Copyright notice

This article is from the Dictionary of North Carolina Biography, 6 volumes, edited by William S. Powell. Copyright ©1979-1996 by the University of North Carolina Press. Used by permission of the publisher. For personal use and not for further distribution. Please submit permission requests for other use directly to the publisher.

Printer-friendly page

Hammer, Minnie Lee Hancock

by Ralph Hardee Rives, 1988

14 Dec. 1873–30 Oct. 1959

See also: Hammer, William Cicero (from the Dictionary of North Carolina Biography)

Minnie Lee Hancock Hammer, religious, civic, and cultural leader, and newspaper manager, was the daughter of Dr. J. M. and Jane Page Hancock and the granddaughter of James Page, doorkeeper in the Congress of the Confederate States of America. Her father was a major in the Confederate Army. After graduating from Salem College in 1893, she married, on 21 December, William Cicero Hammer who served as solicitor, U.S. district attorney, and member of the U.S. House of Representatives. Mrs. Hammer assisted her husband in his political activities and took an active part in the management of the Asheboro Courier, which they owned and operated for more than forty years. She was a member of the North Carolina Press Association and in 1938 was made an honorary life member. Following her husband's death, on 26 September 1930, Mrs. Hammer was asked by the Democratic party to fill his unexpired term in Congress, but she declined because of her family and business interests.

Image of the masthead of <i>The Courier</i> (Asheboro, NC), July 26, 1917.  Minnie Lee Hancock Hammer was an owner, with her husband, of the paper and took an active role in its management. Presented on DigitalNC.

Mrs. Hammer was for twenty-five years president of the Woman's Missionary Society of the North Carolina Annual Conference of the Methodist Protestant church. When the Foreign and Home Missionary societies were merged into the United Branch of Missions of the Methodist Protestant church, she was made the national president of that group. In 1910, she conceived the idea of creating the Methodist Protestant Children's Home, which was first located in Denton but moved to High Point in 1913. To the hundreds of children who went to live in this home, Mrs. Hammer was affectionately known as "Mother Hammer." In addition, she took an active role in the establishment of High Point College by the North Carolina Annual Conference. She was a charter member of the Asheboro Methodist Protestant Church (now the Central Methodist Church) and for several years before her death was a member of the board of trustees of the Methodist Retirement Home of the Western North Carolina Methodist Conference in Charlotte.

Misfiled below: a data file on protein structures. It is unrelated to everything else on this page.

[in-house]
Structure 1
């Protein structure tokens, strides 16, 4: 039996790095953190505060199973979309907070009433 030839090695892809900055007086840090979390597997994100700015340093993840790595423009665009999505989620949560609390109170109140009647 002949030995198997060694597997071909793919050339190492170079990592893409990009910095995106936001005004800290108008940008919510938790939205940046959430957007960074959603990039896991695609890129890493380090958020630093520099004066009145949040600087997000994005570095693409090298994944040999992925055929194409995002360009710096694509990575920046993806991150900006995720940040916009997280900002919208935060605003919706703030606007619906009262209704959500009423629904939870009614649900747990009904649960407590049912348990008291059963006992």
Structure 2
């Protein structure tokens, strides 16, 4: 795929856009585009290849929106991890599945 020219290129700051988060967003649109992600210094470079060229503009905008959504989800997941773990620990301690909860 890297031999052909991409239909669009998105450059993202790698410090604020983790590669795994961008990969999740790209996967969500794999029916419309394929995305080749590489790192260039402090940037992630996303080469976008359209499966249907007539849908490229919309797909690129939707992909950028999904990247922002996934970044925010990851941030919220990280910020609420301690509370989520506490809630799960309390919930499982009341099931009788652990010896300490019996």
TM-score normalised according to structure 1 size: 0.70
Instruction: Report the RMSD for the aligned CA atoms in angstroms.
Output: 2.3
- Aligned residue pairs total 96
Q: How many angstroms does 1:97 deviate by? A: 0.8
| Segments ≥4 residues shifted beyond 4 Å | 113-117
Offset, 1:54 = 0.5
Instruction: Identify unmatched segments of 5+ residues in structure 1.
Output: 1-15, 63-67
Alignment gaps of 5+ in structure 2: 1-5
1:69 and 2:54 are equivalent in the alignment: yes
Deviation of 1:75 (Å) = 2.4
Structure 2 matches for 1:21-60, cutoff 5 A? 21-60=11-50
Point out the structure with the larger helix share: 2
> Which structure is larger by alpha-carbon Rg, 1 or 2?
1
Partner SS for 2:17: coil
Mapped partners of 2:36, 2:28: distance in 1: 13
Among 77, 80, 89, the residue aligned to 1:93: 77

Mrs. Hammer was the first woman to be named a member of the executive committee of the General Conference of the Methodist church after the unification, in 1939, of the three splinter branches.

For fifty-one years, she was president of the Randolph Book Club. She also served as president of her local chapter of the United Daughters of the Confederacy, as a member and president of the Randolph County Historical Society, as first president of the Asheboro Woman's Club, and as chairman of the Seventh District, North Carolina Federation of Woman's Clubs.

Her daughter, Harriette Lee Hammer Walker, a feature writer, editor, and author, died on 26 September 1943. Mrs. Hammer, generally regarded as "Asheboro's First Citizen," was buried in Asheboro City Cemetery.


Asheboro Courier, 2 Nov. 1959.

Mrs. Cuthbert W. Bates (Weatherville) and Miss Sarah Esther Ross (Asheboro), letters to the author.

J. Elwood Carroll, History of the North Carolina Annual Conference of the Methodist Protestant Church (1939).

Nolan B. Harmon, ed., Encyclopedia of World Methodism, vol. 2 (1974).

High Point Enterprise, 1 Nov. 1959.

Randolph Guide, 4 Nov. 1959.

Mabel W. Russell, History of the Methodist Protestant Children's Home, 1910–1935 (1935).

Additional Resources:

Shapard, Rob. "Oral Historians, Seize the Interview!" Archive for February, 2014. Southern Oral History Program, UNC Center for the Study of the American South. (accessed February 6, 2014).

Auman, William T; Stuart, Minnie S. (Minnie Spencer). History of Fair Grove Methodist Church. Why Not, North Carolina : a history of the Why Not Academy, the Why Not Memorial Association, the Why Not community, and the Fair Grove Methodist Church. (Why Not, N.C.: Why Not Memorial Association.) 1986. (accessed February 6, 2014).

Image Credits:

The Courier (Asheboro, NC). July 26, 1917. (accessed February 6, 2014).